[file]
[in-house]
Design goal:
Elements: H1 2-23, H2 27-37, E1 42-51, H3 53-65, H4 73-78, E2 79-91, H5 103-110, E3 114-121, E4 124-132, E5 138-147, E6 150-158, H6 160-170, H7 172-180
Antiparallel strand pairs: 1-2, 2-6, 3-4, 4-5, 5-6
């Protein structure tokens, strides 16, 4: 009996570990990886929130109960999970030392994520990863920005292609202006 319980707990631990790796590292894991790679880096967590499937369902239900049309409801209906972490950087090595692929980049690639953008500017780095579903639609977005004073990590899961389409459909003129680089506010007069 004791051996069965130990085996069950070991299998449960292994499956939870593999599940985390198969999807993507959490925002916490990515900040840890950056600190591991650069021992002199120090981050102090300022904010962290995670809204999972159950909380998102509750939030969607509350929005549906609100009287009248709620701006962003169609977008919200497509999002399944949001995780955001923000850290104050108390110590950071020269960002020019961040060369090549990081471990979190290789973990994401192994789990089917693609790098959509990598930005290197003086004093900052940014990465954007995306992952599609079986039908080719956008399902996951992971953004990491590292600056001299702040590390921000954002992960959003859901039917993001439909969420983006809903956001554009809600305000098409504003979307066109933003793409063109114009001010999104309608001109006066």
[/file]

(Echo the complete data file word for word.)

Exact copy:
[in-house]
Design goal:
Elements: H1 2-23, H2 27-37, E1 42-51, H3 53-65, H4 73-78, E2 79-91, H5 103-110, E3 114-121, E4 124-132, E5 138-147, E6 150-158, H6 160-170, H7 172-180
Antiparallel strand pairs: 1-2, 2-6, 3-4, 4-5, 5-6
């Protein structure tokens, strides 16, 4: 009996570990990886929130109960999970030392994520990863920005292609202006 319980707990631990790796590292894991790679880096967590499937369902239900049309409801209906972490950087090595692929980049690639953008500017780095579903639609977005004073990590899961389409459909003129680089506010007069 004791051996069965130990085996069950070991299998449960292994499956939870593999599940985390198969999807993507959490925002916490990515900040840890950056600190591991650069021992002199120090981050102090300022904010962290995670809204999972159950909380998102509750939030969607509350929005549906609100009287009248709620701006962003169609977008919200497509999002399944949001995780955001923000850290104050108390110590950071020269960002020019961040060369090549990081471990979190290789973990994401192994789990089917693609790098959509990598930005290197003086004093900052940014990465954007995306992952599609079986039908080719956008399902996951992971953004990491590292600056001299702040590390921000954002992960959003859901039917993001439909969420983006809903956001554009809600305000098409504003979307066109933003793409063109114009001010999104309608001109006066």